As the train pulls up on the 23rd Street N/R station, have you noticed the mosaic hats that can appear to rest on the heads of those waiting for the trains? The artist Keith Godard created the mosaics in 2002 as a tribute to the hats that would have been blown off the heads of 19th and 20th century residents and visitors strolling on 23rd street by the Flatiron Building.
Says New York historian and tour guide Justin Ferate, “It’s said that, because of the great height of the Flatiron Building at 23rd Street and Fifth Avenue, the breezes raised women’s skirts, leading the local police officers to give a ’23 Skidoo’ to any oglers of the female ankle. Similarly, hats could also be potentially carried off by the winds.”
Entitled “Memories of 23rd St.,” the work of art in the subway by Keith Godard grew out of his personal fascination with the area when he lived in the Chelsea Hotel.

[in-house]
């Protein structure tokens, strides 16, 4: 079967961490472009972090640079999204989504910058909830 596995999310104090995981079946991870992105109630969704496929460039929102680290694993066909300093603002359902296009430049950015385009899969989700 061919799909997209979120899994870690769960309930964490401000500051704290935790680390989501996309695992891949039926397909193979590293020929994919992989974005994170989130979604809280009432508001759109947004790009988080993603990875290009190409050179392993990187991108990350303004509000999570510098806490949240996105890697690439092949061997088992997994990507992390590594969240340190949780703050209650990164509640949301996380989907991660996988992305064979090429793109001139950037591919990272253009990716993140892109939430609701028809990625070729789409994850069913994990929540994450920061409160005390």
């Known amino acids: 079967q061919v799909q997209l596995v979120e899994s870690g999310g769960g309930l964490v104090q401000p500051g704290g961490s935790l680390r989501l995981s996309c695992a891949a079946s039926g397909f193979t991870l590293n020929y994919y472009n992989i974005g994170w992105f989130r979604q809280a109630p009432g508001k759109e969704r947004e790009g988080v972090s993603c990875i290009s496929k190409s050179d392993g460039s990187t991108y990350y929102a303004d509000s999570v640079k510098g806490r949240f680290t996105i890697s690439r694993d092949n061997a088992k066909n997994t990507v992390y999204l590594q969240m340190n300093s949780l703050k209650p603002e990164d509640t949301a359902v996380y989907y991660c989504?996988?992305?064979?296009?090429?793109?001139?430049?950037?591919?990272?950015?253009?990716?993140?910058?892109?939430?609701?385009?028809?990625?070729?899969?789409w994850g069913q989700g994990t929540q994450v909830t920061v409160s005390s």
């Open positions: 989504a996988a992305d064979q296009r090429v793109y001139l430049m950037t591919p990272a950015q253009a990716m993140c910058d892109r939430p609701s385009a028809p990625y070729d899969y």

As National Hat Day occurred yesterday, January 15th, Ferate made us aware of the quirky subway art. The hats are those of past residents or visitors to the area, specifically those of the famed Chelsea Hotel—the hats range from those of historian and activist W. E. B. Dubois to former first lady Eleanor Roosevelt.
“As a diversion, passengers waiting for the subway train might try to picture people on the opposite platform wearing hats they are beneath!” stated Godard. The hats are of varying distances above the ground—reflecting the heights of the individuals that would’ve worn them decades ago.
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